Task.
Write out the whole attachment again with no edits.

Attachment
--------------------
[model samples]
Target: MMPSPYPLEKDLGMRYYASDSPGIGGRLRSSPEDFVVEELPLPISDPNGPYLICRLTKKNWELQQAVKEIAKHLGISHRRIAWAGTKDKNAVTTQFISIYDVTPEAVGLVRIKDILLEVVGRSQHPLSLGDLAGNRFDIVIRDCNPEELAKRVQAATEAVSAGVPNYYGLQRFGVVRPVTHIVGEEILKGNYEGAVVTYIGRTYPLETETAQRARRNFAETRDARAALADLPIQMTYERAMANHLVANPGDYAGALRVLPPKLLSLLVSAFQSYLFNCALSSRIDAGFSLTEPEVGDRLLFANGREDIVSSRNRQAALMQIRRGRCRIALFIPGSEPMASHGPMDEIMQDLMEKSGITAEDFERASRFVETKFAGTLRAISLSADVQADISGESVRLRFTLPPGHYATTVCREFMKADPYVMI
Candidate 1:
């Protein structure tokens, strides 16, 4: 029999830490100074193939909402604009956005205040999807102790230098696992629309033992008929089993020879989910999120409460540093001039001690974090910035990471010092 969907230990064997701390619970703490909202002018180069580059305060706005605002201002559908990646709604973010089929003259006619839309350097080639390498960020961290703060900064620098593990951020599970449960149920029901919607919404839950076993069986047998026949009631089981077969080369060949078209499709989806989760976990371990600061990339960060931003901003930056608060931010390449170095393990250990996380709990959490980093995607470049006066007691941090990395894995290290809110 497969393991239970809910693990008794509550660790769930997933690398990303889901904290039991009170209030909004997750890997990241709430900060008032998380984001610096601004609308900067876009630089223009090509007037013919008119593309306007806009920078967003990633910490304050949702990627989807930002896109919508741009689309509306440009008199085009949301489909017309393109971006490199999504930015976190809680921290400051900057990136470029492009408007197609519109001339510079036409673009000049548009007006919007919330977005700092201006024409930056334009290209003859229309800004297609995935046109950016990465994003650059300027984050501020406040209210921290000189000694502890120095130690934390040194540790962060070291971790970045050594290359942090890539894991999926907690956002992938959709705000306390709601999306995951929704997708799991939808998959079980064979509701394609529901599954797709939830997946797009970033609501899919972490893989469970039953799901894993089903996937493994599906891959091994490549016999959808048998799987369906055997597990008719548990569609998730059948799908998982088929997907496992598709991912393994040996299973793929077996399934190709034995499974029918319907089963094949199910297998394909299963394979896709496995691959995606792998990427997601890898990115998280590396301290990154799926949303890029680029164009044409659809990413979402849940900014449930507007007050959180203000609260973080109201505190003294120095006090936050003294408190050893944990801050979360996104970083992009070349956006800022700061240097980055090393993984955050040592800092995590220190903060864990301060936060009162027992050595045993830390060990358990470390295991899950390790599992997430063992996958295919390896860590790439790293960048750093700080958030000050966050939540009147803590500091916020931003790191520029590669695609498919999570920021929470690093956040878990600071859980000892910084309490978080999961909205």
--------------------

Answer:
[model samples]
Target: MMPSPYPLEKDLGMRYYASDSPGIGGRLRSSPEDFVVEELPLPISDPNGPYLICRLTKKNWELQQAVKEIAKHLGISHRRIAWAGTKDKNAVTTQFISIYDVTPEAVGLVRIKDILLEVVGRSQHPLSLGDLAGNRFDIVIRDCNPEELAKRVQAATEAVSAGVPNYYGLQRFGVVRPVTHIVGEEILKGNYEGAVVTYIGRTYPLETETAQRARRNFAETRDARAALADLPIQMTYERAMANHLVANPGDYAGALRVLPPKLLSLLVSAFQSYLFNCALSSRIDAGFSLTEPEVGDRLLFANGREDIVSSRNRQAALMQIRRGRCRIALFIPGSEPMASHGPMDEIMQDLMEKSGITAEDFERASRFVETKFAGTLRAISLSADVQADISGESVRLRFTLPPGHYATTVCREFMKADPYVMI
Candidate 1:
């Protein structure tokens, strides 16, 4: 029999830490100074193939909402604009956005205040999807102790230098696992629309033992008929089993020879989910999120409460540093001039001690974090910035990471010092 969907230990064997701390619970703490909202002018180069580059305060706005605002201002559908990646709604973010089929003259006619839309350097080639390498960020961290703060900064620098593990951020599970449960149920029901919607919404839950076993069986047998026949009631089981077969080369060949078209499709989806989760976990371990600061990339960060931003901003930056608060931010390449170095393990250990996380709990959490980093995607470049006066007691941090990395894995290290809110 497969393991239970809910693990008794509550660790769930997933690398990303889901904290039991009170209030909004997750890997990241709430900060008032998380984001610096601004609308900067876009630089223009090509007037013919008119593309306007806009920078967003990633910490304050949702990627989807930002896109919508741009689309509306440009008199085009949301489909017309393109971006490199999504930015976190809680921290400051900057990136470029492009408007197609519109001339510079036409673009000049548009007006919007919330977005700092201006024409930056334009290209003859229309800004297609995935046109950016990465994003650059300027984050501020406040209210921290000189000694502890120095130690934390040194540790962060070291971790970045050594290359942090890539894991999926907690956002992938959709705000306390709601999306995951929704997708799991939808998959079980064979509701394609529901599954797709939830997946797009970033609501899919972490893989469970039953799901894993089903996937493994599906891959091994490549016999959808048998799987369906055997597990008719548990569609998730059948799908998982088929997907496992598709991912393994040996299973793929077996399934190709034995499974029918319907089963094949199910297998394909299963394979896709496995691959995606792998990427997601890898990115998280590396301290990154799926949303890029680029164009044409659809990413979402849940900014449930507007007050959180203000609260973080109201505190003294120095006090936050003294408190050893944990801050979360996104970083992009070349956006800022700061240097980055090393993984955050040592800092995590220190903060864990301060936060009162027992050595045993830390060990358990470390295991899950390790599992997430063992996958295919390896860590790439790293960048750093700080958030000050966050939540009147803590500091916020931003790191520029590669695609498919999570920021929470690093956040878990600071859980000892910084309490978080999961909205």